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Experts at the University of Stirling will be interviewed by BBC Radio Four's File on Four today (Tuesday 9 October) about a report into work place cancers.
The programme will examine issues surrounding the paper Burying the Evidence: How Great Britain is Prolonging the Occupational Cancer Epidemic by Rory O’Neill, Simon Pickvance, Andrew Watterson, Occupational and Environmental Health Research Group, University of Stirling, to be published on Tuesday 9 October in the International Journal of Occupational and Environmental Health (pdf files of the paper are available from the authors).
The experts believe UK authorities are failing to acknowledge or deal effectively with an epidemic of work-related cancers. Their research findings show that the government’s Health and Safety Executive (HSE) is underestimating the exposed population, the risks faced as a result of those exposures and the potential for prevention through such tried and tested measures as toxics use reduction policies and practices.
Co-author, Professor Rory O'Neill, said:
" The HSE has ignored work-related risks that have produced work-caused and work-related cancers over several decades and workers are still exposed now to many carcinogens in the workplace. Many of these exposures are not from yesteryear but from yesterday."
"Some of these carcinogens can cause cancers with relatively short exposure times and short latency periods. HSE has neglected whole sections of the workforce, especially women, exposed to many cancer-causing substances and processes.
“The result is that thousands are dying each year without being warned they are at risk from carcinogens, without adequate information about the risks and with inadequate or no help to improve workplace conditions, or gain compensation. Often victims don’t even become official statistics, so we get a cycle of neglect that is likely to guarantee a new generation will be needlessly exposed."
"Even for asbestos cancers, only a small minority receive any compensation. For the dozens of other known work-related cancers affecting thousands of UK workers, just 15 or so compensation claims are submitted each year. That means not only do these workers not get compensation for a condition that will quite frequently kill them, they don’t even get told their work was to blame. This means they don’t even become statistics – and if you don’t count the bodies, the bodies don’t count. If we don’t recognise the cases, we don’t recognise the problem, so another generation will inevitably face exposures that one day will kill them."
"The UK faces at least 20,000 and possibly in excess of 40,000 new cases of work-related cancer every year, leading to thousands of deaths perhaps up to 24,000 deaths a year. The annual cost to the economy is between £29.5bn and £59bn. Preventing just 100 of these cancer deaths would more than offset the entire HSE annual budget."
"Arguments that current deaths are the result of exposures decades ago, because of the long latency of carcinogens do not stand analysis. In key cases like wood dust, nickel, chromium, arsenic, azo compounds and even asbestos, the exposure times for a cancer to develop and latency periods are much shorter and cancers could be the result of very recent exposures. Also the majority of occupational cancer cases will not be due to asbestos although this substance remains a major occupational and public health cancer threat."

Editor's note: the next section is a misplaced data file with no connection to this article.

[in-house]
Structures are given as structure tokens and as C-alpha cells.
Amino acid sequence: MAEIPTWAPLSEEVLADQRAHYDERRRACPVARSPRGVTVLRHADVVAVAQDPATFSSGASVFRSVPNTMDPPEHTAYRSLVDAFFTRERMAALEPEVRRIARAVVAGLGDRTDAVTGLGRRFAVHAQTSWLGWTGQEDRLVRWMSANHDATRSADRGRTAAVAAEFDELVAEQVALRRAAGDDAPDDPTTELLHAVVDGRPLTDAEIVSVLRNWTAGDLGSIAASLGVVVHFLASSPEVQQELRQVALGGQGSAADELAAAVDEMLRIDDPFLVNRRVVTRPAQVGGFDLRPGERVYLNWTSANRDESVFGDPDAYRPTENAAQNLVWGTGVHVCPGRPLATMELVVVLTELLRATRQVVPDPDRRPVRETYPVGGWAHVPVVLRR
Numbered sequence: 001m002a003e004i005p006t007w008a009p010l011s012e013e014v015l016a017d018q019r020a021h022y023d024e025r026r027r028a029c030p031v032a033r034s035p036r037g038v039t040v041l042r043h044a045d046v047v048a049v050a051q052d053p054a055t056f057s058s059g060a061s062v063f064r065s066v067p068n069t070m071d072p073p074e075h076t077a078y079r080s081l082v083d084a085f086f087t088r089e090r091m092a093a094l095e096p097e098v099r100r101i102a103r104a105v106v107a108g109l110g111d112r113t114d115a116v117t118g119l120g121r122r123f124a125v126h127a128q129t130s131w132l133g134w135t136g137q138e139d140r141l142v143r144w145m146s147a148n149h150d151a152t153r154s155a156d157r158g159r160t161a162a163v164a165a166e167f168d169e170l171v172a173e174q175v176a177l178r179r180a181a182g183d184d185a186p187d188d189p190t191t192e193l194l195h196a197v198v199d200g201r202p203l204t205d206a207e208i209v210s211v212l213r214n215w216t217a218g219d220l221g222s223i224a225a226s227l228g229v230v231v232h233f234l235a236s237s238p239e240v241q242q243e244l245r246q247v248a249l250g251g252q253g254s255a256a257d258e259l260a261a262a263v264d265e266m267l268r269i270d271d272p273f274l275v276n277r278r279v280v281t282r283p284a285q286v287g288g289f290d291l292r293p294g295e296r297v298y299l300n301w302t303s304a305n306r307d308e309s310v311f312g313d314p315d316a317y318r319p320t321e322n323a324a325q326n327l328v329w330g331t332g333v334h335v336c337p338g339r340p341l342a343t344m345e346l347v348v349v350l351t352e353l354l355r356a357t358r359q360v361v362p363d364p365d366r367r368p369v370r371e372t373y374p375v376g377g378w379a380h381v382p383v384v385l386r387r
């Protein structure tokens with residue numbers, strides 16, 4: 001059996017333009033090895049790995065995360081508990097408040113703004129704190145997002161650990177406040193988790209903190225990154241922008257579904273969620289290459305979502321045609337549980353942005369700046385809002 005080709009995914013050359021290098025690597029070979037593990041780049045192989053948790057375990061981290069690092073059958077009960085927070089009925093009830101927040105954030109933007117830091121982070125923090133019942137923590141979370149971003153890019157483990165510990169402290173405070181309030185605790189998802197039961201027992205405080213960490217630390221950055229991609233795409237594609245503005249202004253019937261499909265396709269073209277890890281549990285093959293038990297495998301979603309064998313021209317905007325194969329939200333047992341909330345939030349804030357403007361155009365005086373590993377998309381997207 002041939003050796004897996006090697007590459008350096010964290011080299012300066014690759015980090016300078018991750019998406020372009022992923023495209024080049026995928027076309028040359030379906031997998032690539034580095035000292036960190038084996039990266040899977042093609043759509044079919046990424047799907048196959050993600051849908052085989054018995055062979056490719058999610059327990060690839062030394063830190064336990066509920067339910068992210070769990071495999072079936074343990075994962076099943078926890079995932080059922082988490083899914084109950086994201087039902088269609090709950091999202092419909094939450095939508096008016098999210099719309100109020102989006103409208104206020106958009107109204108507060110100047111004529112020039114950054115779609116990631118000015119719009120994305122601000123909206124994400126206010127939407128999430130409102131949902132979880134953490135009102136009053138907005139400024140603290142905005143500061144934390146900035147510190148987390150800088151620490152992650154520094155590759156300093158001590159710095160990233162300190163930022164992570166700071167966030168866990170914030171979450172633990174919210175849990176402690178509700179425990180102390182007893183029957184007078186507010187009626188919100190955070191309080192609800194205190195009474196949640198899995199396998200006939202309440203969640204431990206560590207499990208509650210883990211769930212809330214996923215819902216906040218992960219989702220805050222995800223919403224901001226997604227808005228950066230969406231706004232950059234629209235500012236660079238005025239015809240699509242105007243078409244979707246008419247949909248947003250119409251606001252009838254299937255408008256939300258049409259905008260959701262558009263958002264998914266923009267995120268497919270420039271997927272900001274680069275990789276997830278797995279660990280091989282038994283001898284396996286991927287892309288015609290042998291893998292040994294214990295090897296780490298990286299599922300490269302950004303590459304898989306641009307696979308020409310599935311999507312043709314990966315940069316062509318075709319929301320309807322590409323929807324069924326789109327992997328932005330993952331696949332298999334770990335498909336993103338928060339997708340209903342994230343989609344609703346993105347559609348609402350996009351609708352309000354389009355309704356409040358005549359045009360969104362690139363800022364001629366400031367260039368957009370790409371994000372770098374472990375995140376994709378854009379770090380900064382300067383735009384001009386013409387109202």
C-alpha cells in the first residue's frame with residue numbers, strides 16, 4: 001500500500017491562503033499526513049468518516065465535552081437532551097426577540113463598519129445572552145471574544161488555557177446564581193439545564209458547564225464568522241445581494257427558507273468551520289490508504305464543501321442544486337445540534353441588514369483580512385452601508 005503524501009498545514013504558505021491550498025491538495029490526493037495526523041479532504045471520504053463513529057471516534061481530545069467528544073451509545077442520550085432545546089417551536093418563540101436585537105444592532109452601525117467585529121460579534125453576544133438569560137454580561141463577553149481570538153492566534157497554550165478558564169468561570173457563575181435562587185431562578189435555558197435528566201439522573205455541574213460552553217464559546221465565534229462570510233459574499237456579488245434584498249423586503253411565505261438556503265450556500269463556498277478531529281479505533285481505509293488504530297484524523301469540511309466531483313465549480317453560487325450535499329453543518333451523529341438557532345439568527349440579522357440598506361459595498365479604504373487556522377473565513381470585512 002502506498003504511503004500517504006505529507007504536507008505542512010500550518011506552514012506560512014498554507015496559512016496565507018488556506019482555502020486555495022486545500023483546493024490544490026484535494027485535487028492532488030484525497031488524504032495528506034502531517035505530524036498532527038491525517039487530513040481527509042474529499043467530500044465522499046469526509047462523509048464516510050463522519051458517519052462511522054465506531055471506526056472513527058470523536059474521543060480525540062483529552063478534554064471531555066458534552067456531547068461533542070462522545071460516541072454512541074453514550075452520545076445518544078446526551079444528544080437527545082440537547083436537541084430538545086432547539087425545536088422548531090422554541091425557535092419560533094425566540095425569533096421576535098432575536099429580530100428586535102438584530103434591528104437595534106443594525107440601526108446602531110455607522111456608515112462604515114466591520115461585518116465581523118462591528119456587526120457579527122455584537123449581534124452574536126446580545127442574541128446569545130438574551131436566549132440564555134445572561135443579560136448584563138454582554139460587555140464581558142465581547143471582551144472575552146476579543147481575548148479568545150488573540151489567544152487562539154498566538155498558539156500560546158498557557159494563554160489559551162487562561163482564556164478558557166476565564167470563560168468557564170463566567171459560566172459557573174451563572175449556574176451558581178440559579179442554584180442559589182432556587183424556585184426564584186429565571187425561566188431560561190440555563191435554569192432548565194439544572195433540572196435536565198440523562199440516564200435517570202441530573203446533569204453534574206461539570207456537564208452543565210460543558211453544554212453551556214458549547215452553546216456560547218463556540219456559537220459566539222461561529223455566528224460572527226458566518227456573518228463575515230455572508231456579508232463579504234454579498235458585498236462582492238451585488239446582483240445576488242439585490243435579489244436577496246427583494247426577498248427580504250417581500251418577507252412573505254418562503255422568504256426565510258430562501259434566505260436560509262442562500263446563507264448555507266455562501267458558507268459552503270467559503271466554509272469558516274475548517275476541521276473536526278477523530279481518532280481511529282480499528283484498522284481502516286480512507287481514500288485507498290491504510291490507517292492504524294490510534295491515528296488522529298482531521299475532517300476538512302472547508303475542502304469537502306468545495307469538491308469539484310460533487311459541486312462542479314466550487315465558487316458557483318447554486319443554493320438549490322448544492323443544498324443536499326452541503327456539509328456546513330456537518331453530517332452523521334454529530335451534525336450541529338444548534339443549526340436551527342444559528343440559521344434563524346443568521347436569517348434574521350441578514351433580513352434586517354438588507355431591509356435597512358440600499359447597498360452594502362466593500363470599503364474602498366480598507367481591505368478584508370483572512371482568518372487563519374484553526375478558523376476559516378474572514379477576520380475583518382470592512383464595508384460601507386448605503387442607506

Co-author Professor Andrew Watterson said:
"More people now are exposed to more cancer-causing substances, for more years of their working lives and used in higher volumes at work than at any other time in history."
"HSE fails to acknowledge the social inequality in occupational cancer risk, which is concentrated in skilled and unskilled manual workers and lower employment grades, or the greater likelihood these groups will experience multiple exposures to work-related carcinogens at work and in the wider environment. It cannot quantify and continues to neglect the largely uninvestigated and unprioritised risk to women."
"HSE’s approach currently includes neither a requirement nor a strategy for the reduction in the number and volumes of cancer-causing substances, processes and environments at work. Its recommendations for action range from complacent to non-existent."
"Past under-estimates of UK occupational cancers over at least two decades has meant the issue has low priority which means action is nowhere near the priority it should be. Regulators should have an important role to play but occupational health, and particularly cancer, is not on HSEs enforcement programme, its inspectors don’t look, its inspectors don’t find. Evidence shows that decent data combined with active enforcement leads to a substantial reduction in risks. We have neither the data nor the enforcement. Budget cuts at HSE mean the chances of HSE taking effective enforcement action on occupational cancer is becoming vanishingly small."
Latest estimates from the International Labour Organisation (ILO) indicated almost one in 10 cancers worldwide (9.6 per cent) are related to work. ILO says the rates in developed nations are considerably higher. Even the lower world figure is more than twice the Health and Safety Executive’s current estimate of the work contribution to all cancers.
Contact Andrew Watterson or Rory O’Neill, Occupational and Environmental Health Research Group, University of Stirling , Stirling, Scotland FK9 4LA, Mobile 07966 161401. Tel 01786-466283. e-mail: firstname.lastname@example.org
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